Posted by: reformedmusings | December 27, 2009

Avatar

I bit the bullet yesterday and saw Avatar in 3D. I meant to go last week, but 21″ of snow changed that plan. I should have taken the hint. My main interest rested in the 3D effects.

Avatar in a nutshell: Slick advertising package for feminist Gaia earth-worship and the nutty tree-hugger movement. With a 1/2 billion dollar budget, Avatar should have/could have been much better.

The story has been done ad nauseum: Evil white people and the military ruthlessly exploit noble savages for scarce resources. Of course, the noble savages’ pagan worship provides superior character and wisdom for its adherents. Hollywood seems stuck on that idea whether couched by revising history or encapsulated in 3D scifi. That’s ironic given that rich white people run Hollywood and exploit the unsuspecting for their movie money. Can you spell hypocracy?

When I was leaving the movie, I overheard a group of young people talking about the movie. They accurately observed that Cameron didn’t cast the military in a very favorable light. I’d say that’s a severe understatement. Cameron clearly holds the military and corporate America – i.e., his financial benefactors to the tune of almost 1/2 billion dollars – in great disdain. How’s that for gratitude? Perhaps Cameron should try making movies for the Taliban and see how that goes. Bottom line is that the story line isn’t worth ten cents, much less $15.

The acting? It was OK. Susan Sarandon plays a liberal tree-hugger. Oh, wait…she wasn’t acting. Sam Worthington does a nice job. The rest of the cast seemed pretty formulaic. Outside of the few leads, the character development went entirely lacking. Most of the characters were cardboard-cutout strawmen. Other than Worthington as the lead, women dominate as the movie’s more noble characters on both sides of the conflict. Big Hollywood surprise there.

Cameron obviously doesn’t know much about the mythology he uses. He called the planet Pandora. In Greek mythology, Pandora was the first woman, created to bring misery. In the myth, Pandora opened a jar that held evil and suffering yet closed it to keep hope inside. All this is the opposite of the supposed good for which Avatar’s planet goddess represents. Banshees in Irish mythology are female spirits who were messengers of death. In the movie, they are basically flying horses and it is their riders who are the hunters. What’s the point of using names from mythology if you ignore their historic context?

The 3D effects, though, are excellent. The technicians and artists showed sharp attention to detail. Unlike other 3D movies, when objects are in your face in Avatar they lose focus, just like in real life. That lends an extra level of realism. Like other good 3D efforts, the effects become second-nature as the movie progresses. In other words, they fit the story rather than dominate it.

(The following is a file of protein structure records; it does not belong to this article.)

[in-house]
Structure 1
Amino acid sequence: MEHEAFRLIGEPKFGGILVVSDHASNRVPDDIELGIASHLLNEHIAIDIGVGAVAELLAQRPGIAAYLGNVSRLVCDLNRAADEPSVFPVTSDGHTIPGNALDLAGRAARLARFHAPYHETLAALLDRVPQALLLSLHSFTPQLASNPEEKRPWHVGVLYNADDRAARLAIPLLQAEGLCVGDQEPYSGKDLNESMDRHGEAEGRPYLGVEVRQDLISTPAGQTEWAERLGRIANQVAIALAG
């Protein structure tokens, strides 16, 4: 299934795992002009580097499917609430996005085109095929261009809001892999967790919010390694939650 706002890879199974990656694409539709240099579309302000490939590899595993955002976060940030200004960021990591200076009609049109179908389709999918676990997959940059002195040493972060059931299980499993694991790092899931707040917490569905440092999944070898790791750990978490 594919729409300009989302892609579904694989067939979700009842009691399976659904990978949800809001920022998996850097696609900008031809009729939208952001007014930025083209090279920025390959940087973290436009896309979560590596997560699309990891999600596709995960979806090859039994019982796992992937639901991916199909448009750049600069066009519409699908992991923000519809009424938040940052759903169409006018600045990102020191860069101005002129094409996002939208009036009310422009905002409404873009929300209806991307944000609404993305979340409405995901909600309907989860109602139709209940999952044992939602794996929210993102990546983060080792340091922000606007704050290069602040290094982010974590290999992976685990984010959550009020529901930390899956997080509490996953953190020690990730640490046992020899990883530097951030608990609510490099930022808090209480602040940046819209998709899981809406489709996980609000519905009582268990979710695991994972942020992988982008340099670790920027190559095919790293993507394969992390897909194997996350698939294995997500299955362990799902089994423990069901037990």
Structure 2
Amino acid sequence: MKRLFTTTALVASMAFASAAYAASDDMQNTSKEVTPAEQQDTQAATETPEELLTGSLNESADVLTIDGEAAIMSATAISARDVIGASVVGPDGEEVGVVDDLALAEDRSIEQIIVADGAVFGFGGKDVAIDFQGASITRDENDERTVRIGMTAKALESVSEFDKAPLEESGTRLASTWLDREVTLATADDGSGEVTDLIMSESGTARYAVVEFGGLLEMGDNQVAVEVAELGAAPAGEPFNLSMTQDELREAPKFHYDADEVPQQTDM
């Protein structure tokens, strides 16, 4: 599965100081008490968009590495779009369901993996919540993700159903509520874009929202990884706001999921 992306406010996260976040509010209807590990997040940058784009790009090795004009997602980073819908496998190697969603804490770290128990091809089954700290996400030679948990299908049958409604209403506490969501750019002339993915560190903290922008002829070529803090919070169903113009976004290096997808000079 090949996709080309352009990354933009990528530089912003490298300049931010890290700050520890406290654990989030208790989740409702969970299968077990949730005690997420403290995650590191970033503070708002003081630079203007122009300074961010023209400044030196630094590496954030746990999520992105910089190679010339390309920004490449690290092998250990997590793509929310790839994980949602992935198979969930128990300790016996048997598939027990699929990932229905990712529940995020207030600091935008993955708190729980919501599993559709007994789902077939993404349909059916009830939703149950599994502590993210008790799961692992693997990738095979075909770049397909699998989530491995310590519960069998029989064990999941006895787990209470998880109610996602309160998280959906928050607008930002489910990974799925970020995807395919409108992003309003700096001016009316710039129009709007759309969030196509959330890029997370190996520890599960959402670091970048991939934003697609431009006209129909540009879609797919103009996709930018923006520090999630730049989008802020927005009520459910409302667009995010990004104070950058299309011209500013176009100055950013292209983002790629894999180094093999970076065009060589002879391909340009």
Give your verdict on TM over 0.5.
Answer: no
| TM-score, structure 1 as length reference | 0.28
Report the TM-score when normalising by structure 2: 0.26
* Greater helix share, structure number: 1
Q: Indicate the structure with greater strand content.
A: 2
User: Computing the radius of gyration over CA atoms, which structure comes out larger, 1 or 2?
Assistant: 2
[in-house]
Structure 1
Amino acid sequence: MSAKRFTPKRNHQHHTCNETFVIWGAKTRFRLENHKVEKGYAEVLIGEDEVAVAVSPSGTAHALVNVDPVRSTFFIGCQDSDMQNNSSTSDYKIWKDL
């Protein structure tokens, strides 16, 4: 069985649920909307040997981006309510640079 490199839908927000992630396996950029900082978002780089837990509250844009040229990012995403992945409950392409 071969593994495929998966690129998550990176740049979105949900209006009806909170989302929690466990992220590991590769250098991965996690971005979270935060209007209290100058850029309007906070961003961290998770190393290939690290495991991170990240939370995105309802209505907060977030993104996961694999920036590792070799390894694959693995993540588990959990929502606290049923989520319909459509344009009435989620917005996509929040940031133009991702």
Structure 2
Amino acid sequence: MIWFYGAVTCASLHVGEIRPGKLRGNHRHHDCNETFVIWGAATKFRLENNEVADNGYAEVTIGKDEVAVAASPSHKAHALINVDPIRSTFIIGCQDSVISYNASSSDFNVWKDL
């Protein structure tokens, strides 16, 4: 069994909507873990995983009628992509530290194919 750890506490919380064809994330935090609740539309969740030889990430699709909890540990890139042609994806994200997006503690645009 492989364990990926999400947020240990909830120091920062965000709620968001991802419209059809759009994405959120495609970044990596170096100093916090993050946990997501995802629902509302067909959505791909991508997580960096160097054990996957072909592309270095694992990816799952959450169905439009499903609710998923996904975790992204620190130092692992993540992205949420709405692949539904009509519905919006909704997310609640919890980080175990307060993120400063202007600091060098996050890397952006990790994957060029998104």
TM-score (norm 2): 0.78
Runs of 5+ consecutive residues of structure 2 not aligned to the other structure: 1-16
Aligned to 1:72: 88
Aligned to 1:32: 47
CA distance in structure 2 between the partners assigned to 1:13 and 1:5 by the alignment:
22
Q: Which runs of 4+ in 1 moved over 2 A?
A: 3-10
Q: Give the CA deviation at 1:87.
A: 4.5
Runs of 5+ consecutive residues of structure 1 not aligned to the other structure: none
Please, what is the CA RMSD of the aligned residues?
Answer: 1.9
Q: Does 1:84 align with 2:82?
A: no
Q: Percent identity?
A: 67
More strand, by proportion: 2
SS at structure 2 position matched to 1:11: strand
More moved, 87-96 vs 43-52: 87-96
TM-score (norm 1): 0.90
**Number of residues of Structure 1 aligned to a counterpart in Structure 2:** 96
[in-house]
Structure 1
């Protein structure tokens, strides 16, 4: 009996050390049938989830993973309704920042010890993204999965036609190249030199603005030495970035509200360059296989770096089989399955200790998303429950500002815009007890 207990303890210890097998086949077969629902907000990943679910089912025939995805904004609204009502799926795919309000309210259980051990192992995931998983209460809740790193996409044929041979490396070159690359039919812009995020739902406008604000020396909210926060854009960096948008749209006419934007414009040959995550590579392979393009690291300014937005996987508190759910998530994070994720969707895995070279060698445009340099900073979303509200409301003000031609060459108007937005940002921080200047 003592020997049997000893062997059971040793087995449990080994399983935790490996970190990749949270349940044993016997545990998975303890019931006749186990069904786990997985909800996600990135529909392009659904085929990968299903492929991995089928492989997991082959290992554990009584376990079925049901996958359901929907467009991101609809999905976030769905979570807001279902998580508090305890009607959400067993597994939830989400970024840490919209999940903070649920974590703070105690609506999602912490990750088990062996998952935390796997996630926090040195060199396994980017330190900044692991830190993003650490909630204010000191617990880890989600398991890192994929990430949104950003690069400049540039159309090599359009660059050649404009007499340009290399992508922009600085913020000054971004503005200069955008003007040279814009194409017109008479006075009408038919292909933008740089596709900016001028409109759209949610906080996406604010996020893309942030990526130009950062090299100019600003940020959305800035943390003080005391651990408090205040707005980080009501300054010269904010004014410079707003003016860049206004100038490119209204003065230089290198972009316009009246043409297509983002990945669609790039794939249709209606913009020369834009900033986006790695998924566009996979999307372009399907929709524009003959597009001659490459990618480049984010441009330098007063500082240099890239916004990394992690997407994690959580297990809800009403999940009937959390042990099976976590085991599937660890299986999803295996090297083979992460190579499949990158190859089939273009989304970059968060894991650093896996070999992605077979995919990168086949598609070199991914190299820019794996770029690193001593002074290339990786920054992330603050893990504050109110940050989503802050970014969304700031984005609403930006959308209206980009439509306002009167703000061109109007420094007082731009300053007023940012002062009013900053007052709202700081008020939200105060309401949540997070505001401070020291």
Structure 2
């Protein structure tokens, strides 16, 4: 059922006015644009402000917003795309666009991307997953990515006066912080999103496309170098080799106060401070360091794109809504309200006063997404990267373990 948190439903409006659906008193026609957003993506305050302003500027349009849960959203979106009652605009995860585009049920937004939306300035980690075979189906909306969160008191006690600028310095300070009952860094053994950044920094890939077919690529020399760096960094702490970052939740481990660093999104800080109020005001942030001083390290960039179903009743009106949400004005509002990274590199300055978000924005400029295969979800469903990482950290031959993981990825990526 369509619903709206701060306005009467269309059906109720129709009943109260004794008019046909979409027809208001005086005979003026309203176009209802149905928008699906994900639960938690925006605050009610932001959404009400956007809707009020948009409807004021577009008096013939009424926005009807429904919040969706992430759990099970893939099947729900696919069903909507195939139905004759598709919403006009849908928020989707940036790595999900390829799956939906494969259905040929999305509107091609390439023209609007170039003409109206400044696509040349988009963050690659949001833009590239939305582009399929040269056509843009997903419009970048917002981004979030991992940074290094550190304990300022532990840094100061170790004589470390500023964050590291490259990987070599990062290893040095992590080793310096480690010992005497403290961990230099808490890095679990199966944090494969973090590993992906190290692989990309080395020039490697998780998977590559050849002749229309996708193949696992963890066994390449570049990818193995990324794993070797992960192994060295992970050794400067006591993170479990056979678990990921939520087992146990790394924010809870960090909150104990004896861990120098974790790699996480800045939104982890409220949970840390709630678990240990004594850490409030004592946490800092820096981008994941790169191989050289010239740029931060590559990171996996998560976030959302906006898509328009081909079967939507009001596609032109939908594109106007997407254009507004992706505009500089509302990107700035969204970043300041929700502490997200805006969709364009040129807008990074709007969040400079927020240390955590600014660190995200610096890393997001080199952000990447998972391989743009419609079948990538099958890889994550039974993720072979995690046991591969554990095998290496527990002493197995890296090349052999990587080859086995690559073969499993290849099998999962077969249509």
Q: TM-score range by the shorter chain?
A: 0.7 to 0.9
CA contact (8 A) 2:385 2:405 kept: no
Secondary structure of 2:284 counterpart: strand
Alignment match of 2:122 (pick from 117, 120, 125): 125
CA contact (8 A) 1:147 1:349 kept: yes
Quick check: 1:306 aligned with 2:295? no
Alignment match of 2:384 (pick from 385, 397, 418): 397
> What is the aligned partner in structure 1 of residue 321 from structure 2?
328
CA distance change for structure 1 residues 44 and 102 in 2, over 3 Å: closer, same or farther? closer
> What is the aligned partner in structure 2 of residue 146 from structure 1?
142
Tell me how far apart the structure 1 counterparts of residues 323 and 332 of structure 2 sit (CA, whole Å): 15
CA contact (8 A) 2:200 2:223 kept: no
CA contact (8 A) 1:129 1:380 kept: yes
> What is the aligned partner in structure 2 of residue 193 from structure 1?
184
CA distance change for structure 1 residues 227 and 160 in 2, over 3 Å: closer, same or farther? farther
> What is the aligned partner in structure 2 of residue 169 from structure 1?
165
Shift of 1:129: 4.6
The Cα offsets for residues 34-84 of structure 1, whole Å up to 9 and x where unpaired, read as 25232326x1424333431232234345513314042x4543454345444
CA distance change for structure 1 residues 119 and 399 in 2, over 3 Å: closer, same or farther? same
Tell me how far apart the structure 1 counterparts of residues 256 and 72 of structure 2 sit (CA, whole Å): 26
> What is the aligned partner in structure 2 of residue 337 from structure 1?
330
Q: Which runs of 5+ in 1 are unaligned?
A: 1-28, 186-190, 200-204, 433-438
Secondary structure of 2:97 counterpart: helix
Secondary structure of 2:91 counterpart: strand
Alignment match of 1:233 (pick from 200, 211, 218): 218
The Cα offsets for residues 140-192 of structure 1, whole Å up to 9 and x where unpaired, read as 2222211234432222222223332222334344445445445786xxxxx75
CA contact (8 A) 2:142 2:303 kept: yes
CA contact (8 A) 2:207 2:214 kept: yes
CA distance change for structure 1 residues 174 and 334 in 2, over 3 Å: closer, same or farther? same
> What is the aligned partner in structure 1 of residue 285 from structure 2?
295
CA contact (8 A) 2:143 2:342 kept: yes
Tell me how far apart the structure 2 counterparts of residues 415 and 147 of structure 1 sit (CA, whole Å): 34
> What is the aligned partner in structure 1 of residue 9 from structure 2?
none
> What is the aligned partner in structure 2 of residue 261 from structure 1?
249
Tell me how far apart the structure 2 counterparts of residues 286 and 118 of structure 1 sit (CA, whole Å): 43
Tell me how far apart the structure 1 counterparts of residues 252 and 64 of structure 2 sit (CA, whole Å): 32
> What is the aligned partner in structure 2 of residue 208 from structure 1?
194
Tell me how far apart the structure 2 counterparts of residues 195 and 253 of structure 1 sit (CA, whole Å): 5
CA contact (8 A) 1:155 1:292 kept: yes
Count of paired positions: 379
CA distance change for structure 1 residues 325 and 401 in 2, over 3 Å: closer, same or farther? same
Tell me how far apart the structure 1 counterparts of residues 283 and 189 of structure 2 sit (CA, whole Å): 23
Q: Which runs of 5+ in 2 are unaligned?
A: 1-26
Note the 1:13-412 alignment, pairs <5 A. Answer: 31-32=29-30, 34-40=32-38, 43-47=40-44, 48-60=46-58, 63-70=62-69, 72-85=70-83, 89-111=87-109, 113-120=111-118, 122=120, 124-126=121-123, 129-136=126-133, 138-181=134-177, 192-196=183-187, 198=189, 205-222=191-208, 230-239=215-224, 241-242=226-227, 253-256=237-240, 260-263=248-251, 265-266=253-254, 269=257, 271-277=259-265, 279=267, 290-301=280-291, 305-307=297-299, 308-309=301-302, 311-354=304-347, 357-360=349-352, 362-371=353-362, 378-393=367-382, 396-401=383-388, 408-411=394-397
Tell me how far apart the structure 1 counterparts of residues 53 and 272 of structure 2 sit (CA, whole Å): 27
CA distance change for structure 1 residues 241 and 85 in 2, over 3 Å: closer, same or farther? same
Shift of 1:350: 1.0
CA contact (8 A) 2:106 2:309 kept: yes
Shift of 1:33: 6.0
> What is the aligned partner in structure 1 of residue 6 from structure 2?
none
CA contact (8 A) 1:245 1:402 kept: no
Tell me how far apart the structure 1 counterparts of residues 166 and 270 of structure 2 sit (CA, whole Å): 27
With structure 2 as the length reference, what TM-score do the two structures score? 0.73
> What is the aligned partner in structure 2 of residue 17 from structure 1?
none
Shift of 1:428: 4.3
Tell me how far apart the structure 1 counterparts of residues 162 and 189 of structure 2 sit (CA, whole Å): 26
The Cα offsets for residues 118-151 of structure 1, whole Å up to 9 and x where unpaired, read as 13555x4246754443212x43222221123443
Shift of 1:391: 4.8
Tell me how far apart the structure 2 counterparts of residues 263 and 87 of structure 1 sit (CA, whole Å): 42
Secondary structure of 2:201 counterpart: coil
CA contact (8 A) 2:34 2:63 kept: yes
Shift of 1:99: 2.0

But, are the effects so good that they will change movies forever? I don’t think so. The 3D was good, but not substantially better than Up, for instance. The 3D was more ambitions in Avatar, though. The combining of live, model, and CGI action was very good, but for something close to a $500,000 production they’d better be. I don’t think that Cameron created anything new, simply that he leveraged serious computing power and talented artists along with an astronomical amount of money to create a visual treat.

I found that the effects are best on the part of the screen you are looking at directly. The periphery tends to be fuzzy through the glasses. That means that the movie is best viewed from about the middle of or further back in an average theater, otherwise you have to move your head around too much.

In the end, the 3D effects are impressive, but not revolutionary. The story is an old hackneyed line that’s been tromped into the ground by Hollywood liberals. Most of the characters come across as wooden stereotypes. Some critics have hyped Avatar as the best movie in 30 years. I can only assume that they’ve been living in a cave for the last 30 years.

Avatar may, however, be the slickest and by far the most expensive advertisement for pagan goddess worship in history. I guess that’s something of an achievement given the 15 years and 1/2 billion dollars that it took to foist it on the public.

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